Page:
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    Press release from 7/20/15 | RoboCup 2016

    Innovative World Champions wanted! – RoboCup 2016 in Leipzig

    Soccer is a science. That is known not just by enthusiastic soccer fans, who get into heated discussions when Schweinsteiger and his team are playing, but also by the RoboCup community. It will meet next summer on the Leipzig exhibition grounds to compete in the 20th RoboCup. However, over this five-day period participants' robots will not only play soccer but will also help with household tasks or as rescue robots in difficult terrain. It is expected that 3,500 international participants from 40 countries and 40,000 visitors will be in Leipzig for RoboCup 2016.

    "We are really pleased to be able to host this globally unique technology and educational event on the Leipzig exhibition grounds. Guests from around the world will have a chance to experience the event of a lifetime," says Markus Geisenberger, Managing Director of Leipziger Messe. Professor Gerhard Kraetzschmar, General Chair of RoboCup 2016, adds: "RoboCup combines technological feats with practical aspects, and therefore impressively demonstrates how to master the challenges of the future. For scientists, RoboCup offers the ideal setting for presenting up-to-date research results. At the same time, the competition is very exciting for students, children and families, since it highlights what intelligent robots are already capable of today."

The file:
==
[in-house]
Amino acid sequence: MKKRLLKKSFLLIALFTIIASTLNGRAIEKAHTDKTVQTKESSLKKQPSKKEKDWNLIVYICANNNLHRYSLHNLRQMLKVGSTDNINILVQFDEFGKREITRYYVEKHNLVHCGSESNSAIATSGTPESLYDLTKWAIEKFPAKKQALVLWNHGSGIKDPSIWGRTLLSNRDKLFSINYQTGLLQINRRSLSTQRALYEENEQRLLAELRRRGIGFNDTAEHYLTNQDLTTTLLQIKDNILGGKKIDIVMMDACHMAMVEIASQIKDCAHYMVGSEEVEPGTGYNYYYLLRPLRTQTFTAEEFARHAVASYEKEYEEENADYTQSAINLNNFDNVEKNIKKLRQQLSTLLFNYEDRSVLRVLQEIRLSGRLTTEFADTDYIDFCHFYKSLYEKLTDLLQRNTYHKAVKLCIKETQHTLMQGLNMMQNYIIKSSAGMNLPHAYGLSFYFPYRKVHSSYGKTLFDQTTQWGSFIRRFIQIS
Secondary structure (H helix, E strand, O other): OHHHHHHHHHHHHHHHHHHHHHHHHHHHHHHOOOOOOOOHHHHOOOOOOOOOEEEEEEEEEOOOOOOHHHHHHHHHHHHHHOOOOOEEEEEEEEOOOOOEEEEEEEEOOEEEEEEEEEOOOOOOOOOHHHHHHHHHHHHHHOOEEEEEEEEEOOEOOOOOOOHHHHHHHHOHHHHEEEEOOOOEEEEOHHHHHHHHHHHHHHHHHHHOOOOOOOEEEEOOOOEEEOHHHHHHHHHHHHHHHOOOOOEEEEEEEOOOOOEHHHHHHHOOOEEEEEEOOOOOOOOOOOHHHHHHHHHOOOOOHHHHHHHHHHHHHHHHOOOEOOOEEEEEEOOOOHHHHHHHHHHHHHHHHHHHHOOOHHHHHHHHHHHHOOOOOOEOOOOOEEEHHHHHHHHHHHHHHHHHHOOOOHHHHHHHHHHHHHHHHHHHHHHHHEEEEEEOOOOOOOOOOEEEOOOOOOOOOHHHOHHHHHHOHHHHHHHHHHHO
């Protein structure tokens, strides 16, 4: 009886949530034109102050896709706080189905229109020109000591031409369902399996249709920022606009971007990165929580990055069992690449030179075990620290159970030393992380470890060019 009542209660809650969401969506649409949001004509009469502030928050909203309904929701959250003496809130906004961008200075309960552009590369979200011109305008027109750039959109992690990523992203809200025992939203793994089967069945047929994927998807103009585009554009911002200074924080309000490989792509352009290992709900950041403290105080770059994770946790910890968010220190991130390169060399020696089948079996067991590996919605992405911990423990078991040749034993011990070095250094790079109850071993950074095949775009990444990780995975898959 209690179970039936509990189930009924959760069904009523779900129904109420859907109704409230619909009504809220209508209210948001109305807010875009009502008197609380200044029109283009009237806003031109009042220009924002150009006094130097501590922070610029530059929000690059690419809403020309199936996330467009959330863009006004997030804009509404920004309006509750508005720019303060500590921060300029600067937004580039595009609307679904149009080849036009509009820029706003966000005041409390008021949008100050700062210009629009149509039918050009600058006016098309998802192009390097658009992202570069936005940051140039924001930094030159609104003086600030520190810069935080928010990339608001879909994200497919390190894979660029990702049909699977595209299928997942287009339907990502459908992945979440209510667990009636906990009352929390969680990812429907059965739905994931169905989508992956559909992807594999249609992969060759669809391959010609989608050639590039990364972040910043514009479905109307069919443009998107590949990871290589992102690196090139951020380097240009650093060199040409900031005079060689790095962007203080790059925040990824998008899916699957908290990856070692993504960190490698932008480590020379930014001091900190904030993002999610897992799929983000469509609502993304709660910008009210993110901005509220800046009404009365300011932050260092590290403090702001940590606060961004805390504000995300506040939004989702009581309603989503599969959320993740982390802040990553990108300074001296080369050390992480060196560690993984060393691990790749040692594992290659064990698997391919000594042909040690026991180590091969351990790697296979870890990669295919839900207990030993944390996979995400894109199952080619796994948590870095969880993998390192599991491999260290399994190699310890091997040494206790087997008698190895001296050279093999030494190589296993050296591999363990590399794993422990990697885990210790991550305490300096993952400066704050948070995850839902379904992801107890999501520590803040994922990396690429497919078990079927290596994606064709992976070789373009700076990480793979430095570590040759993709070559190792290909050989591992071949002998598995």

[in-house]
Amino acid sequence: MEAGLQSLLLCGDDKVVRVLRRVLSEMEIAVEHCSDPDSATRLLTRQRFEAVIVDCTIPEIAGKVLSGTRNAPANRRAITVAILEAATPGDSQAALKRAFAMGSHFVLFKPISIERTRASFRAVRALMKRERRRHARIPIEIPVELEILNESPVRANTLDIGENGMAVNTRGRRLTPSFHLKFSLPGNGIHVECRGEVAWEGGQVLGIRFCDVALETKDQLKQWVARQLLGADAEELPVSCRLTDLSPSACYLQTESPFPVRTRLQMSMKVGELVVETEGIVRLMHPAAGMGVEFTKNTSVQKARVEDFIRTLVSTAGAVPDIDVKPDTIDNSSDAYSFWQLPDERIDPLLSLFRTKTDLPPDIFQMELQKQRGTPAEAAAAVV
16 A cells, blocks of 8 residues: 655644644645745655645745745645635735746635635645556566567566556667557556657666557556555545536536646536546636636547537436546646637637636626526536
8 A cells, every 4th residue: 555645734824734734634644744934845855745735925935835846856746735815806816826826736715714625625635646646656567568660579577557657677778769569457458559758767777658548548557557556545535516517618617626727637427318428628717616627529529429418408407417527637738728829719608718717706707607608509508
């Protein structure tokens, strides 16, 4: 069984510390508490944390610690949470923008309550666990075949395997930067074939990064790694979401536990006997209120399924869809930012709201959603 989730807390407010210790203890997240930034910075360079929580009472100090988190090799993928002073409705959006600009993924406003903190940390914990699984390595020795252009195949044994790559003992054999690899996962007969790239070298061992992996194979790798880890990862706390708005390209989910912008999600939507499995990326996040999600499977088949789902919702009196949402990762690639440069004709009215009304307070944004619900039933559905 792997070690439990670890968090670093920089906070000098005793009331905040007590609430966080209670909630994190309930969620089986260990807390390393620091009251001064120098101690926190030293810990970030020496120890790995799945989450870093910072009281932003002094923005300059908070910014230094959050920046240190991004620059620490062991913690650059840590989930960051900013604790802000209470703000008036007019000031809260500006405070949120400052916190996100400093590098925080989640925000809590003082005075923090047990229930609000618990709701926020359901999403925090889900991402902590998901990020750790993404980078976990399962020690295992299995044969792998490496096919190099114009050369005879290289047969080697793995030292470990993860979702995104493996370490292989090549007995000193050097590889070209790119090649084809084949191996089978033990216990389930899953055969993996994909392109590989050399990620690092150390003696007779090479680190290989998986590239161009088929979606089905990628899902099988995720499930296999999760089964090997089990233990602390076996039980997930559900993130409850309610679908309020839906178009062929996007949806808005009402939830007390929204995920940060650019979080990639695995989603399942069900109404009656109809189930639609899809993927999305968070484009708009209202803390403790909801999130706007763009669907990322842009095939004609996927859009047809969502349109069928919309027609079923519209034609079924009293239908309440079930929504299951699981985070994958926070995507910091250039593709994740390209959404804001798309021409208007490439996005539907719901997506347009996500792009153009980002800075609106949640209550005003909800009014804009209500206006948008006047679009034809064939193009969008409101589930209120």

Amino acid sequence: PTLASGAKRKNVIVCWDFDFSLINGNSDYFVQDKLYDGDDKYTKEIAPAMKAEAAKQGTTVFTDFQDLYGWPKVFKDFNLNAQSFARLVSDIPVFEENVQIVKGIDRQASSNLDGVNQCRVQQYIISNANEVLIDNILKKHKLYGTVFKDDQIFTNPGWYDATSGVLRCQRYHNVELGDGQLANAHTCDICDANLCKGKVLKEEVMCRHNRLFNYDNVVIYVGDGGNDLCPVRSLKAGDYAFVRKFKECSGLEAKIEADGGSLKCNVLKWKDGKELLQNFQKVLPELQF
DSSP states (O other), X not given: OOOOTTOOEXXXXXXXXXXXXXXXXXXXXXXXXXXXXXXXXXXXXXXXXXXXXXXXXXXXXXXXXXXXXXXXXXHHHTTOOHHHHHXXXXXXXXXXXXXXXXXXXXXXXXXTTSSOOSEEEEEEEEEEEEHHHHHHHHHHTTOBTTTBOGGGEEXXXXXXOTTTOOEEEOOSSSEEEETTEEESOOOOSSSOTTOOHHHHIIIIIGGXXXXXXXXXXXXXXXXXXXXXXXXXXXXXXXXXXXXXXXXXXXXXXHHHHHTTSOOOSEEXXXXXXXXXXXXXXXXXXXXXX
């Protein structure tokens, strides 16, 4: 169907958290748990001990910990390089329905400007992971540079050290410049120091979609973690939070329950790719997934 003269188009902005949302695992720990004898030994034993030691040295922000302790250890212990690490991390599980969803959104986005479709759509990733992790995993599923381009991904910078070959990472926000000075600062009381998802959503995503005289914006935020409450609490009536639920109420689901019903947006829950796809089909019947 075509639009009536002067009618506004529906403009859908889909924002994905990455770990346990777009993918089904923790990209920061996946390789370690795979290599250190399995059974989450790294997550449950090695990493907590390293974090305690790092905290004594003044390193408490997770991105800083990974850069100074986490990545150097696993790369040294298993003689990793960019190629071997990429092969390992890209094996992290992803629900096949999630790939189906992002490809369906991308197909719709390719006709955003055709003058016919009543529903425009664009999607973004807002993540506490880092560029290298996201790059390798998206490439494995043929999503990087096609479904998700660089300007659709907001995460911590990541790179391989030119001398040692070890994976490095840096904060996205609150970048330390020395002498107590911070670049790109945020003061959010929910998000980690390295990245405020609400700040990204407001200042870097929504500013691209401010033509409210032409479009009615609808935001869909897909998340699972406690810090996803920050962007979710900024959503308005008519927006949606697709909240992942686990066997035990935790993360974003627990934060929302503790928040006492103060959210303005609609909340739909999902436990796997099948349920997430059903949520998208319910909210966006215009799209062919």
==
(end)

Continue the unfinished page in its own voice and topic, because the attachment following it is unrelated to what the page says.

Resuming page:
Soccer-playing robots are at the center of RoboCup. The artificial intelligence players will compete against each other in eight different leagues. The leagues differ in terms of how the robots are constructed, or the program software. But their goal is the same: Similar to 'humanoid' soccer, the robots also want only one thing - to shoot the ball into the opponent's net. Kicking and passing, everything is possible, and the robots can even foul each other - although they will also face sanctions from the referee as a result.

    Besides soccer, RoboCup also demonstrates the direct use of intelligent robots for industry and business, as well as in science and every-day life: In four other leagues, the competitions demonstrate how robots can assist with rescue missions and household tasks, or how they can help to improve production processes.

    The objective: To beat the reigning FIFA World Cup champion in 2050

    RoboCup is supported by a unique global community of several tens of thousands participants from more than 50 countries. With this technology and education event, which has become the largest of its kind in the world, the community pursues the goal of promoting robotics and robotics research, and to bring robotics closer to the general public. To this end, the community has set itself a visionary goal that still seems unattainable today: By 2050, a team of fully autonomous humanoid robots will win a soccer game against the reigning World Cup champion in compliance with official FIFA rules.